The University of Michigan Faculty Senate met Monday in University Hall in the Alexander G. Ruthven Building to discuss the possibility of a partial restructuring Meeting of the Senate.

The Faculty Senate currently consists of more than 4,250 members from all three UM campuses – all tenured professors, research faculty, librarians, administrators, and deans are members. Currently, only faculty, researchers, and librarians can run for a seat in the Assembly Senate, a more elective body. The Faculty Senate discussed the possibility of opening the Senate Assembly to faculty and clinical faculty as well.

Silvia Pedraso, Chair of the Senate Advisory Committee on Universities, called the meeting to order and introduced the President of the University of Santa Ona to the Committee. Ono addressed the Committee and answered questions from members of the Faculty Senate. Ono was talking about his transition in the role of the president and the importance of faculty management.

“The University of Michigan is an institution that I have admired for a long time,” Ona said. “This university senate is a very important body, and I hope you will welcome me back to have such conversations on a regular basis.”

Ano said academic achievement and building trust in the central administration are two of his top priorities. Ohno told the Senate that he is committed to implementing feedback from UM faculty to achieve these goals.

“We’re hoping that a year from now we’ll have a clear vision of where we’re going and that we’ll be rowing in the same direction (as the university),” Ona said.

After Ono spoke, the senate discussed the possibility of expanding the senate assembly lecturers and clinical faculty — who often teach at the medical school and work at Michigan Medicine — on the faculty senate. These faculty are currently ineligible to run for office in the Senate Assembly.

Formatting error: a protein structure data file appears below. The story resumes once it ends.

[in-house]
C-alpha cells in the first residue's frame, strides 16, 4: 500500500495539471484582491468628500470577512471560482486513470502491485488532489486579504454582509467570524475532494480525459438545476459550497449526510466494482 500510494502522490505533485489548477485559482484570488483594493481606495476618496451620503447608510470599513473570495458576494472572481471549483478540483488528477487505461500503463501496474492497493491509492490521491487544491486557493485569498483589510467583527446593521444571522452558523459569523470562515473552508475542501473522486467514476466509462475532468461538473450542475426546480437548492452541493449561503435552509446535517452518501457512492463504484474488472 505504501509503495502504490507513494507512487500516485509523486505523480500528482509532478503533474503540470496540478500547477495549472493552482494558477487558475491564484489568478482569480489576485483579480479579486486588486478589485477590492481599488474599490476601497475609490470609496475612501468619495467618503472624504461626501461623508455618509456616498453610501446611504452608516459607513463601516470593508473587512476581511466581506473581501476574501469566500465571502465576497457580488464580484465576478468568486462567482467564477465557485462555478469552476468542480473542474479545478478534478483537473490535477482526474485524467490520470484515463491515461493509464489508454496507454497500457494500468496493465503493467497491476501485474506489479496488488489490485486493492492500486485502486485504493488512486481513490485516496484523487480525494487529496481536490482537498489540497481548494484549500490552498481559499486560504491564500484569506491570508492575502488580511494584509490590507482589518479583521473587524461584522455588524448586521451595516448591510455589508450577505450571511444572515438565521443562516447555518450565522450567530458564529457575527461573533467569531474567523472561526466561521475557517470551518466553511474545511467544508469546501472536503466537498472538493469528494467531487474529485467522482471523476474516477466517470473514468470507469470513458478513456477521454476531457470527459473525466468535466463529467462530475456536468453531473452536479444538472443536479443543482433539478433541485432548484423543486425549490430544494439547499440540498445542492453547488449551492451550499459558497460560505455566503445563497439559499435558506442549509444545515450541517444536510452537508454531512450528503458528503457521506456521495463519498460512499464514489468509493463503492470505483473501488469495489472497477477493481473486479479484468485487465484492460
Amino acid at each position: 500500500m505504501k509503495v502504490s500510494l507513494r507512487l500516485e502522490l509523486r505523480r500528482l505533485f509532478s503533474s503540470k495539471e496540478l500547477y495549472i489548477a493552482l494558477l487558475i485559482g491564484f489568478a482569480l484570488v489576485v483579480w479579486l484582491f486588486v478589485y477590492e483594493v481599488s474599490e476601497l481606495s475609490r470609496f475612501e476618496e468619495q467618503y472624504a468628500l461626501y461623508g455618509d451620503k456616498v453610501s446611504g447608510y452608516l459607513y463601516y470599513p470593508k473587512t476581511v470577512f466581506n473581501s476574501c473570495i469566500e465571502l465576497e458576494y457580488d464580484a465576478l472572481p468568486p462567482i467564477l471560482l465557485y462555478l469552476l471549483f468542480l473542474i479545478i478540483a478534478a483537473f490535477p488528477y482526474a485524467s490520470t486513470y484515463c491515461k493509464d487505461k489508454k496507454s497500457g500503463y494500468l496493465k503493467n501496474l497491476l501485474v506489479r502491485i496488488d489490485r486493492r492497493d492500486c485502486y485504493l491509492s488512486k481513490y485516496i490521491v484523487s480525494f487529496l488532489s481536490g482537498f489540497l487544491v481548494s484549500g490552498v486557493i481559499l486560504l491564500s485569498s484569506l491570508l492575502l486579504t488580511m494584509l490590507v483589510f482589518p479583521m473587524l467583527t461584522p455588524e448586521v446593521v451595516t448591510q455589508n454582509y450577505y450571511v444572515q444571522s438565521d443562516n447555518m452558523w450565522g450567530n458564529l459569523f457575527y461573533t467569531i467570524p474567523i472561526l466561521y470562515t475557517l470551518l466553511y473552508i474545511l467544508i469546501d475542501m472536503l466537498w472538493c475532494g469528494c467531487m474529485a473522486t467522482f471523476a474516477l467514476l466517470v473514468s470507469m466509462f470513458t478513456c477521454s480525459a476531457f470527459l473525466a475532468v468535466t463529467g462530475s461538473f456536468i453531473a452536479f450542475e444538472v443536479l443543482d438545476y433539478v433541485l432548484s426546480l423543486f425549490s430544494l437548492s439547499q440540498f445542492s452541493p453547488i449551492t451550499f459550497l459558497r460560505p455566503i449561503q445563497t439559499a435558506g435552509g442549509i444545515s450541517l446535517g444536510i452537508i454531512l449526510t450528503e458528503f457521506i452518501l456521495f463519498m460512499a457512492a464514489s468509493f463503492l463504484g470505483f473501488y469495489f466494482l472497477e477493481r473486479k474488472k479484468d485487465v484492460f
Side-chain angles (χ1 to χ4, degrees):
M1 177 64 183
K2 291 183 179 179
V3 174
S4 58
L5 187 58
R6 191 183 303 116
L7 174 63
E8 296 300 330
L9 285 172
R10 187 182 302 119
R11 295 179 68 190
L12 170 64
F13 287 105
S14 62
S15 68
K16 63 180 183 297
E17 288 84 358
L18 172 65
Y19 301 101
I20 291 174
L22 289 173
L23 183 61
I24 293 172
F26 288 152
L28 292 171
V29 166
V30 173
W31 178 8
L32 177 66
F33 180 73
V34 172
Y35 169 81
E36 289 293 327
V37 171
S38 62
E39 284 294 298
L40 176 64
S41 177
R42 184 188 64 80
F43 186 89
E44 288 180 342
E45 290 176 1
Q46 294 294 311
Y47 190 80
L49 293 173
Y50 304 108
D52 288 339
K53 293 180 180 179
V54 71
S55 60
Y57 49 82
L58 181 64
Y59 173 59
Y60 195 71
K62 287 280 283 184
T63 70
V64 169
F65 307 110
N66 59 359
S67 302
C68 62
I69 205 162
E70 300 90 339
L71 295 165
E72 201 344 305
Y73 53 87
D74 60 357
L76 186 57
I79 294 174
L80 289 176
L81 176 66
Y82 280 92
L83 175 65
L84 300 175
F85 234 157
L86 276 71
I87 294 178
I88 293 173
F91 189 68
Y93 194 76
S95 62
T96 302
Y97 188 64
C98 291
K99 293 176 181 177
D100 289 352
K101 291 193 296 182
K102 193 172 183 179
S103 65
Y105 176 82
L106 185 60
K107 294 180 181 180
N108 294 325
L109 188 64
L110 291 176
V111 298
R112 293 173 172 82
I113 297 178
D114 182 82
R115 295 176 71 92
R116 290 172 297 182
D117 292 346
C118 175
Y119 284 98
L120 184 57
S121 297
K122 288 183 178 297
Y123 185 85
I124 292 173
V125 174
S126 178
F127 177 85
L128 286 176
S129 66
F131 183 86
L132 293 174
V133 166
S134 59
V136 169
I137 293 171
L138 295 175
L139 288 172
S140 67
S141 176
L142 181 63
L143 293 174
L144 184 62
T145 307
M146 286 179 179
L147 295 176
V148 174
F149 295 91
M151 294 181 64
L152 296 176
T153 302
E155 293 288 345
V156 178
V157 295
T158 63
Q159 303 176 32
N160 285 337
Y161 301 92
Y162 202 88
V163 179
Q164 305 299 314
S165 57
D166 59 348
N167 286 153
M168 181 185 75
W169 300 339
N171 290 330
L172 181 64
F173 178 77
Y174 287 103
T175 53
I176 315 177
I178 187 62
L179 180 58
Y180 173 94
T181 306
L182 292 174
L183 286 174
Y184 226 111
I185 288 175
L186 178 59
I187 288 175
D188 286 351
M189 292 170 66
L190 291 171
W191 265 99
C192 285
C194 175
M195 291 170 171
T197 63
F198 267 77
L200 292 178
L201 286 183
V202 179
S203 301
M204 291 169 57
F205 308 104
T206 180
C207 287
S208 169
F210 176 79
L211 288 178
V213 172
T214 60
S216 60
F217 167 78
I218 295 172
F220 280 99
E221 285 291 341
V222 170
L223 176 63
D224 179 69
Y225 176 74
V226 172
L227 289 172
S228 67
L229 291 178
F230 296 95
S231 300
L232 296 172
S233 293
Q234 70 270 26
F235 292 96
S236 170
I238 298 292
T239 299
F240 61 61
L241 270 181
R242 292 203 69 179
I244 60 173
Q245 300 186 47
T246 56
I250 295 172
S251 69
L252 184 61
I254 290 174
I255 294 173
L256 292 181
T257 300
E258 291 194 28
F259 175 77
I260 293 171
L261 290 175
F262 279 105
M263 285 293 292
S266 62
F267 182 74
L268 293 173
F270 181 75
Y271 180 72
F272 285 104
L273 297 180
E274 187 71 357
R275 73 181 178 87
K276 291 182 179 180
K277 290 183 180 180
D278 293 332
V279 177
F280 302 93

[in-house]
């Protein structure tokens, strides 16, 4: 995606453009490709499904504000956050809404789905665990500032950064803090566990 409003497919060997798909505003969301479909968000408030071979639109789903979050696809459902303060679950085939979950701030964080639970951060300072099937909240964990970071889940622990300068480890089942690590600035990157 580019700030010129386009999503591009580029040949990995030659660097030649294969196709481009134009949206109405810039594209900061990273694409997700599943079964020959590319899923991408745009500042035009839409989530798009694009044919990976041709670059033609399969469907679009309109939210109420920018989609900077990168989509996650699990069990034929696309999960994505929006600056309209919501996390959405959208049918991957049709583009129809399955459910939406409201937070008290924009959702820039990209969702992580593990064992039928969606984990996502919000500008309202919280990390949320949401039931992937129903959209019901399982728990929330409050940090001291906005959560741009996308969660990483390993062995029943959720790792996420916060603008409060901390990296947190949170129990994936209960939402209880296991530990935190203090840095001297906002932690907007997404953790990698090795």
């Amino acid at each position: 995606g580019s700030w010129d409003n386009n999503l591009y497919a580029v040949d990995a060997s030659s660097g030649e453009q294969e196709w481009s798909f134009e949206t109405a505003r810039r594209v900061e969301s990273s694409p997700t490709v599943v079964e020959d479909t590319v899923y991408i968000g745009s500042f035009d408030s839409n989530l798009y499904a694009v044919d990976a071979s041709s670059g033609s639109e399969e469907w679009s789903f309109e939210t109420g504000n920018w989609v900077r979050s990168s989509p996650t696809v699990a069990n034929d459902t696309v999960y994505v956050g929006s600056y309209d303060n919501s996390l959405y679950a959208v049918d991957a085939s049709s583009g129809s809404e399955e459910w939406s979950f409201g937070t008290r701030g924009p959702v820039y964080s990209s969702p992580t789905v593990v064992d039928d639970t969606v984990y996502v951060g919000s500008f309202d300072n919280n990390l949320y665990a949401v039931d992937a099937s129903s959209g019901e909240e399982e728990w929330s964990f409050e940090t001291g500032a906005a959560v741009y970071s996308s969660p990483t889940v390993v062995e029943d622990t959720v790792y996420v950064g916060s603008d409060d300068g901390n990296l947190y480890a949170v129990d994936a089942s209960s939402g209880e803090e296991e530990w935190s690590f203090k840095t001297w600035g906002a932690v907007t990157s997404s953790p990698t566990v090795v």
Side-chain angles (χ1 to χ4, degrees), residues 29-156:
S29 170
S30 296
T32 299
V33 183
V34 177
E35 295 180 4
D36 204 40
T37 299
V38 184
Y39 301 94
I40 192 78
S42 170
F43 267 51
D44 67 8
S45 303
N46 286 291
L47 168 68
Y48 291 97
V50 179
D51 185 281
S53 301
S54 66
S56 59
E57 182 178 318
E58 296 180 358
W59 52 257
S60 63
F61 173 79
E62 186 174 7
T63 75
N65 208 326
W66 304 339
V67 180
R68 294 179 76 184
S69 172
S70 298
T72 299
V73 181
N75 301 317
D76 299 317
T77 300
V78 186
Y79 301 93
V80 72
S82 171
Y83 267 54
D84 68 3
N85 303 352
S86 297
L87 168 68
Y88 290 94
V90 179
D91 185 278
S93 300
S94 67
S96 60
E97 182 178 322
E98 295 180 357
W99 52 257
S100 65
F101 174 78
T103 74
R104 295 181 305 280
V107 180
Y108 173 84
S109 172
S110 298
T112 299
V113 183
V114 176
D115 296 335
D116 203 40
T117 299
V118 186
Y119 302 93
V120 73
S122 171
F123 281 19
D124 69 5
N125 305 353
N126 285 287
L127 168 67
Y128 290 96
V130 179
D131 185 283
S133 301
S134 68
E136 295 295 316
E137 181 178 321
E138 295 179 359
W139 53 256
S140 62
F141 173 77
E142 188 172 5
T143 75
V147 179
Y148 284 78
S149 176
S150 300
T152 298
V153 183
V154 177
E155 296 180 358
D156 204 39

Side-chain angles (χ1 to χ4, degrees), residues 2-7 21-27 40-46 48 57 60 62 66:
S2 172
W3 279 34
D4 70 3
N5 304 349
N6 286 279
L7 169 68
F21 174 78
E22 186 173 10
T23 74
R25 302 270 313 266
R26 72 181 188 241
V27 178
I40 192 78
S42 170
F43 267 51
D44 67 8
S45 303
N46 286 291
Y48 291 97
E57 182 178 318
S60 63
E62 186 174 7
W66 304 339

Pedraso offered a resolution increasing the total number of representatives in the Assembly from 74 to 87, 76 or 78 — a decision that will depend on whether the Faculty Senate votes to approve the addition of faculty only, clinical faculty only, or both. No schools will lose seats, but some may be able to elect additional representatives to the Assembly if one or both groups are allowed to join.

The Senate is divided on whether the Assembly should be restructured to make room for clinical and teaching faculty. Brian Zink, senior associate dean for faculty and staff development at the School of Medicine, expressed support for the structural changes.

“Full representation for all the hard-working people who earn faculty positions at UM is the just and right thing to do,” Zink said. “Adding clinical faculty from the School of Medicine to the Senate would add diversity to the Senate and better represent our faculty as a whole than just our full-time alumni and research alumni do at this time.”

Zink gave two examples of clinical faculty who might consider joining the Senate as representatives if they can run: Laura Hopson, clinical professor and vice chair Emergency medical care of the Medical School Department and Gifty Kwaki, Clinical Associate Professor of Surgery. Zink said both have expressed interest in running and will bring a wealth of perspective and knowledge to the Assembly.

“(I say this) to personify these concepts and highlight two clinical track faculty who are examples of the type of people we would bring to the Senate,” Zink said.

Michael Thales, a professor in the College of Engineering, urged the Faculty Senate to keep the same structure as it is now. Towles previously served as chair of the Faculty Senate from 2007 to 2010. Towles said the large Faculty Senate already has enough votes, so a smaller Assembly is ideal. Instead, he said the clinical faculty should form its own committee, like SACUA, which works with the Assembly and Senate but has separate meetings.

“(The Senate Assembly) is not a club; it addresses the academic concerns of diverse groups,” Towles said. “The clinical faculty should come together as a group similar to how SACUA works.”

Due to time constraints, the Senate decided to hold a vote to determine whether they will vote on the recommendation at Monday’s meeting. They did not get the necessary two-thirds supermajority, so the Senate decided to continue the discussion at the next meeting and may vote on the matter in the future.

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